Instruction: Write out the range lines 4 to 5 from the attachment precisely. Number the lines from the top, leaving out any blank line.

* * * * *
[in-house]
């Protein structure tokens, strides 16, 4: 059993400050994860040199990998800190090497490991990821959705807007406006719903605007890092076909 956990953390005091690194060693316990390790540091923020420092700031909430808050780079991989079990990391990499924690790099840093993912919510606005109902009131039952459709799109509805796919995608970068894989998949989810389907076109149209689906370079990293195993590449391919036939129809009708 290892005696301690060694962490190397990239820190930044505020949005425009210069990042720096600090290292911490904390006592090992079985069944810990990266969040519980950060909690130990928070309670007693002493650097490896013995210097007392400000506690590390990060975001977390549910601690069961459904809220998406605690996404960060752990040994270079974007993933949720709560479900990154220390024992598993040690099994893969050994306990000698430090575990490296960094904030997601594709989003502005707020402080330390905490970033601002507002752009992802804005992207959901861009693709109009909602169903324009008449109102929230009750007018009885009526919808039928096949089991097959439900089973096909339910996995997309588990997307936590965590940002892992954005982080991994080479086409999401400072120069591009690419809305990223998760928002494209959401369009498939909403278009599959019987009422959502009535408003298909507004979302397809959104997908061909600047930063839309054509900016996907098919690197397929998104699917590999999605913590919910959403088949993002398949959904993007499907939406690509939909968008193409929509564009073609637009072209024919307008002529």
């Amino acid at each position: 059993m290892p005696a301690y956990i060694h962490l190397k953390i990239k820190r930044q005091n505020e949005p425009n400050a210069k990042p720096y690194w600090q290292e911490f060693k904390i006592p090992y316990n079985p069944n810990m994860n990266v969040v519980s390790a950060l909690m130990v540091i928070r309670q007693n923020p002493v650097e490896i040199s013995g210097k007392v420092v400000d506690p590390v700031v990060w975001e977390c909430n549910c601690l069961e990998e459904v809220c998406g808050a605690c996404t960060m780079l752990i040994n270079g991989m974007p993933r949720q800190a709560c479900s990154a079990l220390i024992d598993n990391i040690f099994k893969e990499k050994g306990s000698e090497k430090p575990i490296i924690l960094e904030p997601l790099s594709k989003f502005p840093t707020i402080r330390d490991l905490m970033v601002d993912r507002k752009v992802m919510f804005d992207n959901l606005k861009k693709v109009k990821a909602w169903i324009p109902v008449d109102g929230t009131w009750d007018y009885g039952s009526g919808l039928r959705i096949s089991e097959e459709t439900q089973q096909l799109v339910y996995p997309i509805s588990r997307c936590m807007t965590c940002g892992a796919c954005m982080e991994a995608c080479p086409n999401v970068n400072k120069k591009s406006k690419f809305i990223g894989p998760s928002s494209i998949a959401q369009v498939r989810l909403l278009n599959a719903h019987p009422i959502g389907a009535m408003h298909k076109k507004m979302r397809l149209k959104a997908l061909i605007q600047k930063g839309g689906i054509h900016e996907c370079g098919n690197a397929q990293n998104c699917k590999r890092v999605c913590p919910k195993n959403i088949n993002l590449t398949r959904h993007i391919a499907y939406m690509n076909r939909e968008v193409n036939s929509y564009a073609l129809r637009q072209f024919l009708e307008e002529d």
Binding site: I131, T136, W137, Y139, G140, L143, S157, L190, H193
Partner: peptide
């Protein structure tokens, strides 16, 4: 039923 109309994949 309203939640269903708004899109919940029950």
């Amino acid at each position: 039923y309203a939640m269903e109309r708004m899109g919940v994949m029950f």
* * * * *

Binding site: I131, T136, W137, Y139, G140, L143, S157, L190, H193
Partner: peptide